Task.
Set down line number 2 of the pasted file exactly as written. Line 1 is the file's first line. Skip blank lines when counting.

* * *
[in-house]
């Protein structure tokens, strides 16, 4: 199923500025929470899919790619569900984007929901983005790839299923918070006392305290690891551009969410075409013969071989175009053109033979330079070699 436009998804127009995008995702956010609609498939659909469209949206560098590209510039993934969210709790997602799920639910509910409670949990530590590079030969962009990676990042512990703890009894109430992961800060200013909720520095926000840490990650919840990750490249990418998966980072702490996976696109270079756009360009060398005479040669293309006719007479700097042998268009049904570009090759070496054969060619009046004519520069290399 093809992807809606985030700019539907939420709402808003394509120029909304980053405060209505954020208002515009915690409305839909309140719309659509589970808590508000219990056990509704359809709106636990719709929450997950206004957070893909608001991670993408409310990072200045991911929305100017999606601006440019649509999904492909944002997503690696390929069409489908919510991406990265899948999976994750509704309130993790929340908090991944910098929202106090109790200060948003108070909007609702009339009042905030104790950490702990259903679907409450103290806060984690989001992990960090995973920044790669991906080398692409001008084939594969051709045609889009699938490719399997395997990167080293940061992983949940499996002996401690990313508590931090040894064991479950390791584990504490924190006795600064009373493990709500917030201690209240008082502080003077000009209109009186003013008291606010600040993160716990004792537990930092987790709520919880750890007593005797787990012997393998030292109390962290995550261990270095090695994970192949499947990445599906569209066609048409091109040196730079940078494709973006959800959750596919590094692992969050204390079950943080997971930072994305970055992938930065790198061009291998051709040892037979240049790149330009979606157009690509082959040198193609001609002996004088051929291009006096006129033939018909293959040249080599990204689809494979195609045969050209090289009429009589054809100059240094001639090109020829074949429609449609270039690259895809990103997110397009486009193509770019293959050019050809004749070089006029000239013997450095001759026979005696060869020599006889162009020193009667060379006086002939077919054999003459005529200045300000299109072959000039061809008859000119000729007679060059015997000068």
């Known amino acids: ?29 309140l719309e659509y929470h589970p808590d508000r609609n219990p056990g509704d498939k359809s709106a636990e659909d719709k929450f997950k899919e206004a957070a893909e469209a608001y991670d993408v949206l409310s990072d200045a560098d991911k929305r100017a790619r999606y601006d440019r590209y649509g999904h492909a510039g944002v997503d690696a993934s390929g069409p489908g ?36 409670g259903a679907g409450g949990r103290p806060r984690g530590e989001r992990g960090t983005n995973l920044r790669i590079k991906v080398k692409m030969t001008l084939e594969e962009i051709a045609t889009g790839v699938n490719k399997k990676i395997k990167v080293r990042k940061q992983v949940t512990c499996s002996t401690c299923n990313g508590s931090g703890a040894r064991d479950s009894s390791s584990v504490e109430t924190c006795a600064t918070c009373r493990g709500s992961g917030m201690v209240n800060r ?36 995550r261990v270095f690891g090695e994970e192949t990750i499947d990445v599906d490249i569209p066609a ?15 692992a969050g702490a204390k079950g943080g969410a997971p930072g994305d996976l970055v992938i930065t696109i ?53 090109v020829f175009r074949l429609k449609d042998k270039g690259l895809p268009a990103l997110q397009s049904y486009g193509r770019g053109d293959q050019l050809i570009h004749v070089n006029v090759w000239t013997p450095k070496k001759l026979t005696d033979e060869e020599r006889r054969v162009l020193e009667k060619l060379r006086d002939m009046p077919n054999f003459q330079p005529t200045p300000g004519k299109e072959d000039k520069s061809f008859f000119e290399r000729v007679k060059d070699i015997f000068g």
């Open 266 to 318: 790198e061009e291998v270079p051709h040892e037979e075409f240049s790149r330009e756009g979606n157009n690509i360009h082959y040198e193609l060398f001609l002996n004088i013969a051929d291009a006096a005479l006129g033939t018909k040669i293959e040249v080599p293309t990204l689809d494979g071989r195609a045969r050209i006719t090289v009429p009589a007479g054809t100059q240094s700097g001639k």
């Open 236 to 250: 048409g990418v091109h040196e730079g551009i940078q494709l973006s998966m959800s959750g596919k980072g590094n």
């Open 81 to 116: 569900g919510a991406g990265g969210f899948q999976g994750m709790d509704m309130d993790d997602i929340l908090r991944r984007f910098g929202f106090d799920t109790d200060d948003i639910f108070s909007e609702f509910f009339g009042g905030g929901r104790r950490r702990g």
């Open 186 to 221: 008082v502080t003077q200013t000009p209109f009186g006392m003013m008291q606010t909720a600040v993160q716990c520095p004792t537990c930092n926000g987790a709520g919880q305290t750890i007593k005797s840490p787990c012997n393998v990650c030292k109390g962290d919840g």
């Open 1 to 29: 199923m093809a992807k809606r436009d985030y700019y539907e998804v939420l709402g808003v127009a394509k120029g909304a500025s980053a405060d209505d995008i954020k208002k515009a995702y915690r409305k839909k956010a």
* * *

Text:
């Protein structure tokens, strides 16, 4: 199923500025929470899919790619569900984007929901983005790839299923918070006392305290690891551009969410075409013969071989175009053109033979330079070699 436009998804127009995008995702956010609609498939659909469209949206560098590209510039993934969210709790997602799920639910509910409670949990530590590079030969962009990676990042512990703890009894109430992961800060200013909720520095926000840490990650919840990750490249990418998966980072702490996976696109270079756009360009060398005479040669293309006719007479700097042998268009049904570009090759070496054969060619009046004519520069290399 093809992807809606985030700019539907939420709402808003394509120029909304980053405060209505954020208002515009915690409305839909309140719309659509589970808590508000219990056990509704359809709106636990719709929450997950206004957070893909608001991670993408409310990072200045991911929305100017999606601006440019649509999904492909944002997503690696390929069409489908919510991406990265899948999976994750509704309130993790929340908090991944910098929202106090109790200060948003108070909007609702009339009042905030104790950490702990259903679907409450103290806060984690989001992990960090995973920044790669991906080398692409001008084939594969051709045609889009699938490719399997395997990167080293940061992983949940499996002996401690990313508590931090040894064991479950390791584990504490924190006795600064009373493990709500917030201690209240008082502080003077000009209109009186003013008291606010600040993160716990004792537990930092987790709520919880750890007593005797787990012997393998030292109390962290995550261990270095090695994970192949499947990445599906569209066609048409091109040196730079940078494709973006959800959750596919590094692992969050204390079950943080997971930072994305970055992938930065790198061009291998051709040892037979240049790149330009979606157009690509082959040198193609001609002996004088051929291009006096006129033939018909293959040249080599990204689809494979195609045969050209090289009429009589054809100059240094001639090109020829074949429609449609270039690259895809990103997110397009486009193509770019293959050019050809004749070089006029000239013997450095001759026979005696060869020599006889162009020193009667060379006086002939077919054999003459005529200045300000299109072959000039061809008859000119000729007679060059015997000068």